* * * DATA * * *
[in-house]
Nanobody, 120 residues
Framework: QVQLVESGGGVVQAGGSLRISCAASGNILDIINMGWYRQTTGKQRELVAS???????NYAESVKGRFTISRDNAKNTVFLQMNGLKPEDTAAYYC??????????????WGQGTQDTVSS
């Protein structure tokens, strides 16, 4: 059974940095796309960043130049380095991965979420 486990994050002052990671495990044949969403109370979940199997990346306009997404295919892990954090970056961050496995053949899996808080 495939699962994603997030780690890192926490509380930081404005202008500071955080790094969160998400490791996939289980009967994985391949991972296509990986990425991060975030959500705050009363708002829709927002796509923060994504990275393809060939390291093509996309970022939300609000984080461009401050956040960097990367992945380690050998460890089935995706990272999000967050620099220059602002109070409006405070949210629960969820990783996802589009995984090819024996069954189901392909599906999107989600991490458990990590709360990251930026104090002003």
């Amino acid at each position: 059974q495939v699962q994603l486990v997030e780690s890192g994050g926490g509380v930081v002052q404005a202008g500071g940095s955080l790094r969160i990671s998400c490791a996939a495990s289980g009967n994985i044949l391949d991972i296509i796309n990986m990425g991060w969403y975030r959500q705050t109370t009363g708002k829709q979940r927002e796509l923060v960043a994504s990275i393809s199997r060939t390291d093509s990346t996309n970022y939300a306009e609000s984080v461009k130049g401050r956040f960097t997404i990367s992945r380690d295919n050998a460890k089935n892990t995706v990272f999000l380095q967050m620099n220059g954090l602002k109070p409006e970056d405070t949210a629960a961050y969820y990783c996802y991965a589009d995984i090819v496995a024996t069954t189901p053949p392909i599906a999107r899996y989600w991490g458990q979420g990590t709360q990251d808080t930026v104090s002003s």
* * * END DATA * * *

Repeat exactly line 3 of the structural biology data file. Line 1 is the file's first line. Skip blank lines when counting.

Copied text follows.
Framework: QVQLVESGGGVVQAGGSLRISCAASGNILDIINMGWYRQTTGKQRELVAS???????NYAESVKGRFTISRDNAKNTVFLQMNGLKPEDTAAYYC??????????????WGQGTQDTVSS